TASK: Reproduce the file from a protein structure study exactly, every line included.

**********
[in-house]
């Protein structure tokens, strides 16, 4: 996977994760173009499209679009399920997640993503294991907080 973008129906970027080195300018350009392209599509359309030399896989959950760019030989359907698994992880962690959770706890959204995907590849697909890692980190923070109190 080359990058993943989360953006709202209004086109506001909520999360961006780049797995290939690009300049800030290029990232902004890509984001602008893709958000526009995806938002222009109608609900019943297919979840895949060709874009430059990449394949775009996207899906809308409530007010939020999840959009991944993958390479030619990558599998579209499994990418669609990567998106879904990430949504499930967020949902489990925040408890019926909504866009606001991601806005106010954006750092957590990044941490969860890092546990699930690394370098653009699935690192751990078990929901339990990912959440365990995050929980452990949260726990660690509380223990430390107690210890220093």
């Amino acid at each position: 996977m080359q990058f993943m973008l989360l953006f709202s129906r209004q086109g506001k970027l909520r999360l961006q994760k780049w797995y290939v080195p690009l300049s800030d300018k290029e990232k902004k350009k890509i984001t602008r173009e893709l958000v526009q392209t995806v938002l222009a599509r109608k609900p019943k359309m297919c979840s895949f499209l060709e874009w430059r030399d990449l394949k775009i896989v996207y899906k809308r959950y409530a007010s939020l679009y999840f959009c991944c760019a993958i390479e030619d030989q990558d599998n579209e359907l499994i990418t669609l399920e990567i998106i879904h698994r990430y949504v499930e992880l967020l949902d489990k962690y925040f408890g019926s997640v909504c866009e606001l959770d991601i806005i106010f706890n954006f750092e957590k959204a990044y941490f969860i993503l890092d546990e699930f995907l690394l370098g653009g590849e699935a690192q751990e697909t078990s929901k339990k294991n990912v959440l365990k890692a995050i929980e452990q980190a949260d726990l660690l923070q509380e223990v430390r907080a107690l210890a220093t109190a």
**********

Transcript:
[in-house]
């Protein structure tokens, strides 16, 4: 996977994760173009499209679009399920997640993503294991907080 973008129906970027080195300018350009392209599509359309030399896989959950760019030989359907698994992880962690959770706890959204995907590849697909890692980190923070109190 080359990058993943989360953006709202209004086109506001909520999360961006780049797995290939690009300049800030290029990232902004890509984001602008893709958000526009995806938002222009109608609900019943297919979840895949060709874009430059990449394949775009996207899906809308409530007010939020999840959009991944993958390479030619990558599998579209499994990418669609990567998106879904990430949504499930967020949902489990925040408890019926909504866009606001991601806005106010954006750092957590990044941490969860890092546990699930690394370098653009699935690192751990078990929901339990990912959440365990995050929980452990949260726990660690509380223990430390107690210890220093």
């Amino acid at each position: 996977m080359q990058f993943m973008l989360l953006f709202s129906r209004q086109g506001k970027l909520r999360l961006q994760k780049w797995y290939v080195p690009l300049s800030d300018k290029e990232k902004k350009k890509i984001t602008r173009e893709l958000v526009q392209t995806v938002l222009a599509r109608k609900p019943k359309m297919c979840s895949f499209l060709e874009w430059r030399d990449l394949k775009i896989v996207y899906k809308r959950y409530a007010s939020l679009y999840f959009c991944c760019a993958i390479e030619d030989q990558d599998n579209e359907l499994i990418t669609l399920e990567i998106i879904h698994r990430y949504v499930e992880l967020l949902d489990k962690y925040f408890g019926s997640v909504c866009e606001l959770d991601i806005i106010f706890n954006f750092e957590k959204a990044y941490f969860i993503l890092d546990e699930f995907l690394l370098g653009g590849e699935a690192q751990e697909t078990s929901k339990k294991n990912v959440l365990k890692a995050i929980e452990q980190a949260d726990l660690l923070q509380e223990v430390r907080a107690l210890a220093t109190a």